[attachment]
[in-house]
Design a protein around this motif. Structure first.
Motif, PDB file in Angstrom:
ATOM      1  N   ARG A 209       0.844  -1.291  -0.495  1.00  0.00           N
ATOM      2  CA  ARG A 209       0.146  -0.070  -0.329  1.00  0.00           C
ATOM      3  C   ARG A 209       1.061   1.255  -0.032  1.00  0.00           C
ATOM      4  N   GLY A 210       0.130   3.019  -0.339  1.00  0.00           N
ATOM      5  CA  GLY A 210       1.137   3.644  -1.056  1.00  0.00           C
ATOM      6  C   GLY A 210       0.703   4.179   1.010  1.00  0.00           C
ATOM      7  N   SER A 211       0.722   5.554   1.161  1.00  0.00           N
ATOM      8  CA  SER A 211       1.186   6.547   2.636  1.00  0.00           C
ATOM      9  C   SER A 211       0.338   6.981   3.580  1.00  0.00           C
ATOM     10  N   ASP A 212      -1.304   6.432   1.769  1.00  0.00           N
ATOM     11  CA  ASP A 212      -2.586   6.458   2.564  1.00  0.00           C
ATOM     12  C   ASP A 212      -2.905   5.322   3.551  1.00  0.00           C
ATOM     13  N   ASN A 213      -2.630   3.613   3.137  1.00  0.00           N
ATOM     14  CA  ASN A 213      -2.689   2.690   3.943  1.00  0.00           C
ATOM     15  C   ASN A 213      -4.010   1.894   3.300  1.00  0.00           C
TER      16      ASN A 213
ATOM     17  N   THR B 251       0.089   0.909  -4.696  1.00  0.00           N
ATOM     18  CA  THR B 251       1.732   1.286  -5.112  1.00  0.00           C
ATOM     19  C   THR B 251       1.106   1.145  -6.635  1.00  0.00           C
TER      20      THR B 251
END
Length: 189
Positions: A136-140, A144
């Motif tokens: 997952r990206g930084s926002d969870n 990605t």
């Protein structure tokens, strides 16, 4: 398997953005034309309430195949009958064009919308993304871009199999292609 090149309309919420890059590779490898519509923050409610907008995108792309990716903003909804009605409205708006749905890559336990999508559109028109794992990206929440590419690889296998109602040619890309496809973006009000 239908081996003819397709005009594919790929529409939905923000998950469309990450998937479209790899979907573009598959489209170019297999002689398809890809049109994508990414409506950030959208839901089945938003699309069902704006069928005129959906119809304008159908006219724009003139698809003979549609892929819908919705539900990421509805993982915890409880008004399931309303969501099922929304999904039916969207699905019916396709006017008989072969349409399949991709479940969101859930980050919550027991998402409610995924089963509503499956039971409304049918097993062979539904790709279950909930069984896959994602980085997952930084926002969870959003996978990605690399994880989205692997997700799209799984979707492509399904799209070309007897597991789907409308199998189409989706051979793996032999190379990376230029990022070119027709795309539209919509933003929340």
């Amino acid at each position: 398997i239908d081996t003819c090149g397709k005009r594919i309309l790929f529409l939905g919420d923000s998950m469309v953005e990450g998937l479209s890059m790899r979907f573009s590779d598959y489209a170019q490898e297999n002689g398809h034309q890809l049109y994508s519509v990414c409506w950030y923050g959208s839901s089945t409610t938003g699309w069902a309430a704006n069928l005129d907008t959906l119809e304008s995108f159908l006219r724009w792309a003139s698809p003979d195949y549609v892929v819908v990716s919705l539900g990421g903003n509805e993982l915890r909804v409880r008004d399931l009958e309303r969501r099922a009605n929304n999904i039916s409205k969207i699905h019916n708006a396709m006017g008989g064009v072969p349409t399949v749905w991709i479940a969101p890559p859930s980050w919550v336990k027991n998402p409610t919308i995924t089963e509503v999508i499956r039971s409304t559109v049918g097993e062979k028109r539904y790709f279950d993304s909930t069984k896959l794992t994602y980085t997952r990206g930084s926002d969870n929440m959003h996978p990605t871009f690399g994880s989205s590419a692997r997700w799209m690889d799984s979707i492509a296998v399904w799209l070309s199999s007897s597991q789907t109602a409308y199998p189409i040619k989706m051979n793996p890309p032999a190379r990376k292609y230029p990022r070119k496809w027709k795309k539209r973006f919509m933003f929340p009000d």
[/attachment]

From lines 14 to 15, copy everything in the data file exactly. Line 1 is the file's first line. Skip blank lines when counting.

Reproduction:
ATOM     11  CA  ASP A 212      -2.586   6.458   2.564  1.00  0.00           C
ATOM     12  C   ASP A 212      -2.905   5.322   3.551  1.00  0.00           C